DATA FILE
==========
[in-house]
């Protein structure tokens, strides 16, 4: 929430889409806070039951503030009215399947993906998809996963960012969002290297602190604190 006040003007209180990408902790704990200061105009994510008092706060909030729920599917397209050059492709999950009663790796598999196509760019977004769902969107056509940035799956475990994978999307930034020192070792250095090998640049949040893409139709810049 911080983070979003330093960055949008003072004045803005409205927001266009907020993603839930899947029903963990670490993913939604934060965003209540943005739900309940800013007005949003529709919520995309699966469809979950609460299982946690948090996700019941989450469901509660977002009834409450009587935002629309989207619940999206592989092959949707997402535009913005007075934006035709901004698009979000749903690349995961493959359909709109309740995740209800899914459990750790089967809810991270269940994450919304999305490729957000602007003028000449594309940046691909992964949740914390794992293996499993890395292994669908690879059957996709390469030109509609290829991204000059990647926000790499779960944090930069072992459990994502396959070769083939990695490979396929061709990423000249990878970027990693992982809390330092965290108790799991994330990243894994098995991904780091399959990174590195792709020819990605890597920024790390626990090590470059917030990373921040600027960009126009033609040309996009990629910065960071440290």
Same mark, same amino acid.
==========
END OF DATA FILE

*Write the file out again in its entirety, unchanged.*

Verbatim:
[in-house]
């Protein structure tokens, strides 16, 4: 929430889409806070039951503030009215399947993906998809996963960012969002290297602190604190 006040003007209180990408902790704990200061105009994510008092706060909030729920599917397209050059492709999950009663790796598999196509760019977004769902969107056509940035799956475990994978999307930034020192070792250095090998640049949040893409139709810049 911080983070979003330093960055949008003072004045803005409205927001266009907020993603839930899947029903963990670490993913939604934060965003209540943005739900309940800013007005949003529709919520995309699966469809979950609460299982946690948090996700019941989450469901509660977002009834409450009587935002629309989207619940999206592989092959949707997402535009913005007075934006035709901004698009979000749903690349995961493959359909709109309740995740209800899914459990750790089967809810991270269940994450919304999305490729957000602007003028000449594309940046691909992964949740914390794992293996499993890395292994669908690879059957996709390469030109509609290829991204000059990647926000790499779960944090930069072992459990994502396959070769083939990695490979396929061709990423000249990878970027990693992982809390330092965290108790799991994330990243894994098995991904780091399959990174590195792709020819990605890597920024790390626990090590470059917030990373921040600027960009126009033609040309996009990629910065960071440290």
Same mark, same amino acid.